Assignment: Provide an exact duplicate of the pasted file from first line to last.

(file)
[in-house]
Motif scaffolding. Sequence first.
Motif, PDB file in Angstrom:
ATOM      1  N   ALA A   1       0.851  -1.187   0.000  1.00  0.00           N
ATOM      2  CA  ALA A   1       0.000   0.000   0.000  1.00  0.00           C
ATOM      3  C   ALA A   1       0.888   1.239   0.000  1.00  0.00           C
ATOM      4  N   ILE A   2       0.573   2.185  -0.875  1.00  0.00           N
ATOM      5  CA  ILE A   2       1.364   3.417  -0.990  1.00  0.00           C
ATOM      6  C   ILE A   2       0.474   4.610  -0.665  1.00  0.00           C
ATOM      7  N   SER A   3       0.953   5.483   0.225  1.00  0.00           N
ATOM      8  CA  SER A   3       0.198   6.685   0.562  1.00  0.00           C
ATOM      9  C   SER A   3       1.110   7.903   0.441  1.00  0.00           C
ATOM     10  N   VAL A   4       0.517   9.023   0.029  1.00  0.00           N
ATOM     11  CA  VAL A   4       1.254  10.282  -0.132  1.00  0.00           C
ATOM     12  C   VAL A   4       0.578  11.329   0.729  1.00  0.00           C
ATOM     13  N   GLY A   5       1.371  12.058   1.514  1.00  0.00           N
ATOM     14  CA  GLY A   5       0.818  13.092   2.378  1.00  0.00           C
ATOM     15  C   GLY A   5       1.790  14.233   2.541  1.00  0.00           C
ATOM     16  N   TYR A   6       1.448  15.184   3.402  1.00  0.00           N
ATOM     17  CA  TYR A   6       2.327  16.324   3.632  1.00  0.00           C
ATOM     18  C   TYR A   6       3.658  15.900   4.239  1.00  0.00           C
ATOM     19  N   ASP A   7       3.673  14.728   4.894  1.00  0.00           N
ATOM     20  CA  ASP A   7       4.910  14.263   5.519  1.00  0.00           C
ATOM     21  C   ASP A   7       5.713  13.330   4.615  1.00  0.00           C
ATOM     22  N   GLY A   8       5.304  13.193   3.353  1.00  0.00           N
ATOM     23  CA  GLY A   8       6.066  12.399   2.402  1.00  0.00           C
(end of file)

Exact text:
[in-house]
Motif scaffolding. Sequence first.
Motif, PDB file in Angstrom:
ATOM      1  N   ALA A   1       0.851  -1.187   0.000  1.00  0.00           N
ATOM      2  CA  ALA A   1       0.000   0.000   0.000  1.00  0.00           C
ATOM      3  C   ALA A   1       0.888   1.239   0.000  1.00  0.00           C
ATOM      4  N   ILE A   2       0.573   2.185  -0.875  1.00  0.00           N
ATOM      5  CA  ILE A   2       1.364   3.417  -0.990  1.00  0.00           C
ATOM      6  C   ILE A   2       0.474   4.610  -0.665  1.00  0.00           C
ATOM      7  N   SER A   3       0.953   5.483   0.225  1.00  0.00           N
ATOM      8  CA  SER A   3       0.198   6.685   0.562  1.00  0.00           C
ATOM      9  C   SER A   3       1.110   7.903   0.441  1.00  0.00           C
ATOM     10  N   VAL A   4       0.517   9.023   0.029  1.00  0.00           N
ATOM     11  CA  VAL A   4       1.254  10.282  -0.132  1.00  0.00           C
ATOM     12  C   VAL A   4       0.578  11.329   0.729  1.00  0.00           C
ATOM     13  N   GLY A   5       1.371  12.058   1.514  1.00  0.00           N
ATOM     14  CA  GLY A   5       0.818  13.092   2.378  1.00  0.00           C
ATOM     15  C   GLY A   5       1.790  14.233   2.541  1.00  0.00           C
ATOM     16  N   TYR A   6       1.448  15.184   3.402  1.00  0.00           N
ATOM     17  CA  TYR A   6       2.327  16.324   3.632  1.00  0.00           C
ATOM     18  C   TYR A   6       3.658  15.900   4.239  1.00  0.00           C
ATOM     19  N   ASP A   7       3.673  14.728   4.894  1.00  0.00           N
ATOM     20  CA  ASP A   7       4.910  14.263   5.519  1.00  0.00           C
ATOM     21  C   ASP A   7       5.713  13.330   4.615  1.00  0.00           C
ATOM     22  N   GLY A   8       5.304  13.193   3.353  1.00  0.00           N
ATOM     23  CA  GLY A   8       6.066  12.399   2.402  1.00  0.00           C